Did you know that Americans living in the stunningly beautiful country of Costa Rica must still file a US tax return each year?
You’ll also need to be aware of the tax laws of Costa Rica. To help you better understand your US and Costa Rican tax obligations, we have outlined here the top 10 things you need to know!
1. Filing Deadlines
The US tax year is different than Costa Rica’s. The US tax year runs January to December, with US resident returns due in April and US expat tax returns due June 15. In Costa Rica, the tax year is October 1 to September 30 and your return must be filed by February 15 each year. You can request an extension on your US expat taxes until October 15 if you need more time to file.
After you have lived here for 6 months, you are considered a resident. As far as employment income tax, residency status is irrelevant—residents and non-residents pay the same rate.
The US is one of the few countries who taxes its citizens on their worldwide income, regardless of where they live. Costa Rica, however, only taxes you on the income you earn in the country, even if you are not yet considered a resident. Costa Rica is known for its wonderfully low tax rates and taxes at a progressive rate based on income and type of income. Here are the rates for salaried employees for 2013:
And here are the 2013 rates for self-employed workers:
|Tax Year 2013||Income Earned||Tax Rate|
|From||¢3.171.000 up to ¢4.735.000||10%|
|From||¢4.735.000 up to ¢7.898.000||15%|
|From||¢7.898.000 up to ¢15.827.000||20%|
4. Social Security
Employees in Costa Rica contribute 9.17% of their earning to the Costa Rican social security system. Unfortunately, the US and Costa Rica don’t have a totalization agreement which would allow you to pay into only one social security system at a time. As a result, you will need to pay into both systems so long as you remain a US citizen.
5. Capital gains and sales tax
One of the reasons Costa Rica is such a popular investment region is the beauty of no capital gains tax! There is a 13% sales tax on most items, but certain foods and medicinal products are exempt from that tax.
If you haven’t heard of FBAR, it’s time to get acquainted! FBAR, Foreign Bank Account Report, is required if you have $10,000 or more in your foreign bank accounts at any point during the US tax year. This is filed electronically to the Treasury Department each year by June 30 and there are no extensions.
The Foreign Account Tax Compliance Act (FATCA) is making global headlines. As of July 1, 2014, foreign financial institutions are required to report on the accounts of their American clients as part of the US initiative to uncover tax cheats. If you have specified foreign financial assets that exceed certain thresholds, you are required to file Form 8938 (which you would send with your regular tax return to the IRS).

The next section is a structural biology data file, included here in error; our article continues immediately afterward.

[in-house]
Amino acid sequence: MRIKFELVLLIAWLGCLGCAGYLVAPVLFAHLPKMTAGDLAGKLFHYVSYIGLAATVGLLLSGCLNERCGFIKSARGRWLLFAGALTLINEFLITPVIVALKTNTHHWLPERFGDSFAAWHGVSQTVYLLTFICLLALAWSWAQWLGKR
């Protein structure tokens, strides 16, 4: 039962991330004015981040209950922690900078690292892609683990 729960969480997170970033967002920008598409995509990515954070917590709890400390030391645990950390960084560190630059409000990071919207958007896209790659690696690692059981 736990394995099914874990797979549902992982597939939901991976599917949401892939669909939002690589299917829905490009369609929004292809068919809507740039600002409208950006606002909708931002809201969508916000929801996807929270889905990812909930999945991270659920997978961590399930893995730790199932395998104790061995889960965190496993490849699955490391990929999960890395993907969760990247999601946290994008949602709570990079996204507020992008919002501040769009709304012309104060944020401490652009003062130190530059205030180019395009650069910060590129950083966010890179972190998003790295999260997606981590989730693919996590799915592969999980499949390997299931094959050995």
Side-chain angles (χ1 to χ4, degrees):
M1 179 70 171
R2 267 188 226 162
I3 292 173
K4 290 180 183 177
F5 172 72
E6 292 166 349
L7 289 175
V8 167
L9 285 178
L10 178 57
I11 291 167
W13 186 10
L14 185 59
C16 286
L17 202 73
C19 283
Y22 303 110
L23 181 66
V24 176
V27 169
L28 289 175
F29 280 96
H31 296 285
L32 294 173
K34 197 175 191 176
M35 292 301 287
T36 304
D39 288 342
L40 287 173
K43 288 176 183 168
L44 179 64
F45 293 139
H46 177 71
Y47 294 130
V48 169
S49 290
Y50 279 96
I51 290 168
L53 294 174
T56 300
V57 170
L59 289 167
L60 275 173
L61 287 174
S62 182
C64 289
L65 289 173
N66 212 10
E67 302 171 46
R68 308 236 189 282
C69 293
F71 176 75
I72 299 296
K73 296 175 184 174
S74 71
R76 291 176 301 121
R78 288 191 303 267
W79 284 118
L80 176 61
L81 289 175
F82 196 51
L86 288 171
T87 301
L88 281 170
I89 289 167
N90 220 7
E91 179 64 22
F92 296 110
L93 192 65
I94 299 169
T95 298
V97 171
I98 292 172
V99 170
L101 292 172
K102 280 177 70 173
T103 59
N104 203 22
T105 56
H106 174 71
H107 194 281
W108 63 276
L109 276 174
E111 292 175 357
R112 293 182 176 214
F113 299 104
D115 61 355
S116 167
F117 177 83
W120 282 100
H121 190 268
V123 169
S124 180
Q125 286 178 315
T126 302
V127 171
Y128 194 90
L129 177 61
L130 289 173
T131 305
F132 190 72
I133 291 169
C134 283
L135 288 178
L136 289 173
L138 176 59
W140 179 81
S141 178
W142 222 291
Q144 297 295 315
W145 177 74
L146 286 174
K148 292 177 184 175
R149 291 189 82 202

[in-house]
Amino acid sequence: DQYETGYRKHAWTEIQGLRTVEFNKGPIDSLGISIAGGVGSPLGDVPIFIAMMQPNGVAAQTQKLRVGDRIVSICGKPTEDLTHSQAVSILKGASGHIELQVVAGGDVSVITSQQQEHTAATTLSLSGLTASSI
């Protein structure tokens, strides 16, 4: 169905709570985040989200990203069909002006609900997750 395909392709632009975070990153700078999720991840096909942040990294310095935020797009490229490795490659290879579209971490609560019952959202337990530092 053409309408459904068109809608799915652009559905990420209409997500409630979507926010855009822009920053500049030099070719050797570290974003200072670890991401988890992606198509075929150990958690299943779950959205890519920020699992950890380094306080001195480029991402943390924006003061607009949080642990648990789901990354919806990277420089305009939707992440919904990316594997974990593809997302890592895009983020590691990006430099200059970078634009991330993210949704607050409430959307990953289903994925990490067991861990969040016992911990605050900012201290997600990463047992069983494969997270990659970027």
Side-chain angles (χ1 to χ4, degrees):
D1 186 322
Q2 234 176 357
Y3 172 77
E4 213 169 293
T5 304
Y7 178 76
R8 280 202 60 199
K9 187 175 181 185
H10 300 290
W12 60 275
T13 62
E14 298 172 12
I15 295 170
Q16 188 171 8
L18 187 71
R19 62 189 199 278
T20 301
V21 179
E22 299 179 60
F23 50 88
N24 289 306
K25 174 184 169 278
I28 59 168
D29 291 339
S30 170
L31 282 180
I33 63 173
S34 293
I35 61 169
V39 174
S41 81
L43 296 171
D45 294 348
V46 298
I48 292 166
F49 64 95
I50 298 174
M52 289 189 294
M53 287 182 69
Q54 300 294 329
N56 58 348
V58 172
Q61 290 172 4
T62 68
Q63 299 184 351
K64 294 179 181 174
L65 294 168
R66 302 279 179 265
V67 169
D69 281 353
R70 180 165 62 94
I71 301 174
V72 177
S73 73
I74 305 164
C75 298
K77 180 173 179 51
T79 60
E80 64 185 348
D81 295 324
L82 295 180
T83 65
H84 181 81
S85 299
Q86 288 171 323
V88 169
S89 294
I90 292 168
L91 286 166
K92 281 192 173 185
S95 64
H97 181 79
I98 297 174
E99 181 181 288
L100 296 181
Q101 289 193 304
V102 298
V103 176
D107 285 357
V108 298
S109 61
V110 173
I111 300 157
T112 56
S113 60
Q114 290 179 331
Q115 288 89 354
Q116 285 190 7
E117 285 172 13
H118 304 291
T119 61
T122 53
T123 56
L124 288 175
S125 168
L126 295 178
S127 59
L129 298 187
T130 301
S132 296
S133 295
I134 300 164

8. Foreign Earned Income Exclusion
One of the best ways to lower your US tax obligation is with the Foreign Earned Income Exclusion. Once you qualify as an expat, you can deduct your first $99,200 of earned income from your US tax liability.
9) Qualifying as an ex-pat
You can qualify as a US ex-pat if you pass one of two residency tests: the Physical Presence Test or the Bona Fide Residence Test. With the Physical Presence Test, you must be present in a foreign country for 330 of any 365-day period. The other test, the Bona Fide Residence test, requires you to live in a foreign country for at least one year and have no immediate plans to return to the US.
10. Get caught up on your US taxes
If you haven’t been filing American expat tax returns while living in Costa Rica, it’s time to do so! The IRS made some major changes to its amnesty program, the Streamlined Filing Procedures, which allows you to get caught up by filing the last three years of tax returns and the last six years of FBARs (if required). The best part? They have waived all late filing and FBAR penalties so unless you owe taxes for the years you didn’t file, you won’t be paying any additional money to the IRS.
[quote_box_center]David McKeegan is the Co-Founder of Greenback Tax Services, which specializes in the preparation of US expat taxes for Americans living abroad. Greenback offers straightforward pricing, a simple, hassle-free process, and CPAs and IRS Enrolled Agents who have extensive experience in the field of expat tax preparation. Please send your questions to [email protected].[/quote_box_center]